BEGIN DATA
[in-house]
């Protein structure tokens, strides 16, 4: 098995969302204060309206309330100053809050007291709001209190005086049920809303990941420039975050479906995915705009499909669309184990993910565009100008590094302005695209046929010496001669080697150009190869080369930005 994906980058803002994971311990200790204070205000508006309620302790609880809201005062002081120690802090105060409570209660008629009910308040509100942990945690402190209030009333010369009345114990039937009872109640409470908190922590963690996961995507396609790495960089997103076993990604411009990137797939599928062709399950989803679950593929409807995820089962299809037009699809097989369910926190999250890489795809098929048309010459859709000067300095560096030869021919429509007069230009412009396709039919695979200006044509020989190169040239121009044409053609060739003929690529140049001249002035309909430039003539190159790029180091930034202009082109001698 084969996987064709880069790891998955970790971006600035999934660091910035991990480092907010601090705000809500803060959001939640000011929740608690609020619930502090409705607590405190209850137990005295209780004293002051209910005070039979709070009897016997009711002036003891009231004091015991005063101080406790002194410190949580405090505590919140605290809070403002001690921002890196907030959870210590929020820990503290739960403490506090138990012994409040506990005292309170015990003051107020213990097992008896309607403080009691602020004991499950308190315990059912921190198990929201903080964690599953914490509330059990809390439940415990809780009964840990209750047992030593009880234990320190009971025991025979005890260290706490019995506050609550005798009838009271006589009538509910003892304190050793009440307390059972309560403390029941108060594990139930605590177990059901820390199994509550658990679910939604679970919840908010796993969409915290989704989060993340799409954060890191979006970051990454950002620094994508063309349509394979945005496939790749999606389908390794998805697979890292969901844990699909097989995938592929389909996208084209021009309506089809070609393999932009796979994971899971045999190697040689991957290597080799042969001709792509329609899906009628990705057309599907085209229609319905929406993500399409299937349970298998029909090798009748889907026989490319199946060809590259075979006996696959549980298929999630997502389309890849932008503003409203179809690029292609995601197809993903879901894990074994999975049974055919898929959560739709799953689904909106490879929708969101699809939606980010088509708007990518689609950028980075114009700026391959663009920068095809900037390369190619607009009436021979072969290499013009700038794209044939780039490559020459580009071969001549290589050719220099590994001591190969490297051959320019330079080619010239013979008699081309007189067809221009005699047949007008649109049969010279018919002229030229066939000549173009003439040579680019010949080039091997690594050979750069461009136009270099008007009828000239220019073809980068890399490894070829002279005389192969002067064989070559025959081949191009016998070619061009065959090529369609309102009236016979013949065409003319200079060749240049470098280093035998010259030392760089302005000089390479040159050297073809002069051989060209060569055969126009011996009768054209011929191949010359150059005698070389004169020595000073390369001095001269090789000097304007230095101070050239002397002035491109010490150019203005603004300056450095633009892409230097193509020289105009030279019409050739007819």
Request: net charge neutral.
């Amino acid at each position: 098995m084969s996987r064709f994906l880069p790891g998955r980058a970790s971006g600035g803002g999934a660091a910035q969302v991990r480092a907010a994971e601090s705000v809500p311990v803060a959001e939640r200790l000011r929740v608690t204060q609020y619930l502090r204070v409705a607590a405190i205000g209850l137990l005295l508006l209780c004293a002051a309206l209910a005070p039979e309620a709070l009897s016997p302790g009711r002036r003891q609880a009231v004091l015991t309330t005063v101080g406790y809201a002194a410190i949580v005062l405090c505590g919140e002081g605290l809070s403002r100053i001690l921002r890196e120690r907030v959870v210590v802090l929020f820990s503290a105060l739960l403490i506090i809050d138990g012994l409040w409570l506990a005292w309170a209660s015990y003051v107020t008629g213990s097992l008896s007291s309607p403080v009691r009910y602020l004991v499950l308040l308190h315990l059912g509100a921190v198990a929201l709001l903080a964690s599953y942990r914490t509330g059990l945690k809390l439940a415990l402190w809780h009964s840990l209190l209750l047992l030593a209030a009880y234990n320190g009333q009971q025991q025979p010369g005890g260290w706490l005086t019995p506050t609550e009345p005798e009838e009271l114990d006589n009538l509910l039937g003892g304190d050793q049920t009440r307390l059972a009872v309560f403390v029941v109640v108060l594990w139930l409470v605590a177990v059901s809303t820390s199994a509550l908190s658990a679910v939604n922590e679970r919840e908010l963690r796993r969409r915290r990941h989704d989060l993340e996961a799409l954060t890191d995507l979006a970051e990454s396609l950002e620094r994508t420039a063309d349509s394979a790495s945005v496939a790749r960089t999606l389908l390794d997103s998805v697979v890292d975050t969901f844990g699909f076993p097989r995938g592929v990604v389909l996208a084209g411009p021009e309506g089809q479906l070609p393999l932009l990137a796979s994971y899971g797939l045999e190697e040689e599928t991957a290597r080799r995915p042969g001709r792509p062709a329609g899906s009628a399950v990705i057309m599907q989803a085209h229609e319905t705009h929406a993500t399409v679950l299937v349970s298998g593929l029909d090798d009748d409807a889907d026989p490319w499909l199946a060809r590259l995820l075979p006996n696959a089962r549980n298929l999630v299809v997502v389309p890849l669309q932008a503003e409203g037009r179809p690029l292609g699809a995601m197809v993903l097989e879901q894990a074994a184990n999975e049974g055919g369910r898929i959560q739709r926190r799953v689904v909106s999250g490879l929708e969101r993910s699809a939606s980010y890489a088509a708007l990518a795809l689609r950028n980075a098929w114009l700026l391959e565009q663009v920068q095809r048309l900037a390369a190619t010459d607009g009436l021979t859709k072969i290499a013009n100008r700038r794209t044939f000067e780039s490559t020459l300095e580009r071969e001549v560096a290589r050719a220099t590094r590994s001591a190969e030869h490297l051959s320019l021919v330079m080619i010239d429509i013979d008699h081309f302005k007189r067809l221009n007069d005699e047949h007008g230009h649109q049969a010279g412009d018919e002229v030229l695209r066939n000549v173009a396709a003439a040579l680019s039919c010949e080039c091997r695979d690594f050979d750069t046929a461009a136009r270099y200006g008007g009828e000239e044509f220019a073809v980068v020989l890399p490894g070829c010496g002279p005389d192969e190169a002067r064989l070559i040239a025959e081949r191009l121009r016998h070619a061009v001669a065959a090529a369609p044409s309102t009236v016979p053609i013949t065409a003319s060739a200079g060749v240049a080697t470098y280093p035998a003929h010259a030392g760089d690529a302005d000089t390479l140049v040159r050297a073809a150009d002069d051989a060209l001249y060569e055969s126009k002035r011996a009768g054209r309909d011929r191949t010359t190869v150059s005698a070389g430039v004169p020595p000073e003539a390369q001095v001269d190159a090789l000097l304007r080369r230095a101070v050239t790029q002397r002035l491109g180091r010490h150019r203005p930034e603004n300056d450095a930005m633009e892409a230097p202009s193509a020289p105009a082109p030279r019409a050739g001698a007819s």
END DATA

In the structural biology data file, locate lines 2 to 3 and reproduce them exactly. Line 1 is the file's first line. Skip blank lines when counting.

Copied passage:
């Protein structure tokens, strides 16, 4: 098995969302204060309206309330100053809050007291709001209190005086049920809303990941420039975050479906995915705009499909669309184990993910565009100008590094302005695209046929010496001669080697150009190869080369930005 994906980058803002994971311990200790204070205000508006309620302790609880809201005062002081120690802090105060409570209660008629009910308040509100942990945690402190209030009333010369009345114990039937009872109640409470908190922590963690996961995507396609790495960089997103076993990604411009990137797939599928062709399950989803679950593929409807995820089962299809037009699809097989369910926190999250890489795809098929048309010459859709000067300095560096030869021919429509007069230009412009396709039919695979200006044509020989190169040239121009044409053609060739003929690529140049001249002035309909430039003539190159790029180091930034202009082109001698 084969996987064709880069790891998955970790971006600035999934660091910035991990480092907010601090705000809500803060959001939640000011929740608690609020619930502090409705607590405190209850137990005295209780004293002051209910005070039979709070009897016997009711002036003891009231004091015991005063101080406790002194410190949580405090505590919140605290809070403002001690921002890196907030959870210590929020820990503290739960403490506090138990012994409040506990005292309170015990003051107020213990097992008896309607403080009691602020004991499950308190315990059912921190198990929201903080964690599953914490509330059990809390439940415990809780009964840990209750047992030593009880234990320190009971025991025979005890260290706490019995506050609550005798009838009271006589009538509910003892304190050793009440307390059972309560403390029941108060594990139930605590177990059901820390199994509550658990679910939604679970919840908010796993969409915290989704989060993340799409954060890191979006970051990454950002620094994508063309349509394979945005496939790749999606389908390794998805697979890292969901844990699909097989995938592929389909996208084209021009309506089809070609393999932009796979994971899971045999190697040689991957290597080799042969001709792509329609899906009628990705057309599907085209229609319905929406993500399409299937349970298998029909090798009748889907026989490319199946060809590259075979006996696959549980298929999630997502389309890849932008503003409203179809690029292609995601197809993903879901894990074994999975049974055919898929959560739709799953689904909106490879929708969101699809939606980010088509708007990518689609950028980075114009700026391959663009920068095809900037390369190619607009009436021979072969290499013009700038794209044939780039490559020459580009071969001549290589050719220099590994001591190969490297051959320019330079080619010239013979008699081309007189067809221009005699047949007008649109049969010279018919002229030229066939000549173009003439040579680019010949080039091997690594050979750069461009136009270099008007009828000239220019073809980068890399490894070829002279005389192969002067064989070559025959081949191009016998070619061009065959090529369609309102009236016979013949065409003319200079060749240049470098280093035998010259030392760089302005000089390479040159050297073809002069051989060209060569055969126009011996009768054209011929191949010359150059005698070389004169020595000073390369001095001269090789000097304007230095101070050239002397002035491109010490150019203005603004300056450095633009892409230097193509020289105009030279019409050739007819």
Request: net charge neutral.